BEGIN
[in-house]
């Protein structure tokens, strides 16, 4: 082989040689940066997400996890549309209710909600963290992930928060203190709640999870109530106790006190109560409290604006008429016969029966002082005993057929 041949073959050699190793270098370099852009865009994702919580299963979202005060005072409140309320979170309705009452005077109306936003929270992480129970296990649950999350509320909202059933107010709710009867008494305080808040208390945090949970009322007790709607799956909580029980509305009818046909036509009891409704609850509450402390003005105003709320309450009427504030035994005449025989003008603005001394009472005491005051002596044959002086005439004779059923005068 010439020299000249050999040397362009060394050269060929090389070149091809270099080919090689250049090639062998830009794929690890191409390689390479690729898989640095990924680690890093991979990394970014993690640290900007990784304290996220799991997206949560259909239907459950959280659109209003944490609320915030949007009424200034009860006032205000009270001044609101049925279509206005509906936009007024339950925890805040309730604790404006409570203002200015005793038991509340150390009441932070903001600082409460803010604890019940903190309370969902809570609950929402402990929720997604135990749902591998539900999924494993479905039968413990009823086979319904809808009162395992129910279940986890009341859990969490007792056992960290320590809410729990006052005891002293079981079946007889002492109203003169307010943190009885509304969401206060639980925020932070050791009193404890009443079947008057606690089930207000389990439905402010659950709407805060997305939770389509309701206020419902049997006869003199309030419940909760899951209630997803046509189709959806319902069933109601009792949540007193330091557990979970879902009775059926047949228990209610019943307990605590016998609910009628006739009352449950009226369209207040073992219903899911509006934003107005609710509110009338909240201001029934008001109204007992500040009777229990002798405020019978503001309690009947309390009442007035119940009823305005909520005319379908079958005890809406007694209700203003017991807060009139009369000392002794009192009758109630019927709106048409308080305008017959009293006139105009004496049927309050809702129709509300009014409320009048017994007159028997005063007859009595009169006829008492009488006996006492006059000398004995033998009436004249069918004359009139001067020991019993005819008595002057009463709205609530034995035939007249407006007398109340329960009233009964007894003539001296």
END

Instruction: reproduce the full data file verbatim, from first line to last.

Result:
[in-house]
């Protein structure tokens, strides 16, 4: 082989040689940066997400996890549309209710909600963290992930928060203190709640999870109530106790006190109560409290604006008429016969029966002082005993057929 041949073959050699190793270098370099852009865009994702919580299963979202005060005072409140309320979170309705009452005077109306936003929270992480129970296990649950999350509320909202059933107010709710009867008494305080808040208390945090949970009322007790709607799956909580029980509305009818046909036509009891409704609850509450402390003005105003709320309450009427504030035994005449025989003008603005001394009472005491005051002596044959002086005439004779059923005068 010439020299000249050999040397362009060394050269060929090389070149091809270099080919090689250049090639062998830009794929690890191409390689390479690729898989640095990924680690890093991979990394970014993690640290900007990784304290996220799991997206949560259909239907459950959280659109209003944490609320915030949007009424200034009860006032205000009270001044609101049925279509206005509906936009007024339950925890805040309730604790404006409570203002200015005793038991509340150390009441932070903001600082409460803010604890019940903190309370969902809570609950929402402990929720997604135990749902591998539900999924494993479905039968413990009823086979319904809808009162395992129910279940986890009341859990969490007792056992960290320590809410729990006052005891002293079981079946007889002492109203003169307010943190009885509304969401206060639980925020932070050791009193404890009443079947008057606690089930207000389990439905402010659950709407805060997305939770389509309701206020419902049997006869003199309030419940909760899951209630997803046509189709959806319902069933109601009792949540007193330091557990979970879902009775059926047949228990209610019943307990605590016998609910009628006739009352449950009226369209207040073992219903899911509006934003107005609710509110009338909240201001029934008001109204007992500040009777229990002798405020019978503001309690009947309390009442007035119940009823305005909520005319379908079958005890809406007694209700203003017991807060009139009369000392002794009192009758109630019927709106048409308080305008017959009293006139105009004496049927309050809702129709509300009014409320009048017994007159028997005063007859009595009169006829008492009488006996006492006059000398004995033998009436004249069918004359009139001067020991019993005819008595002057009463709205609530034995035939007249407006007398109340329960009233009964007894003539001296």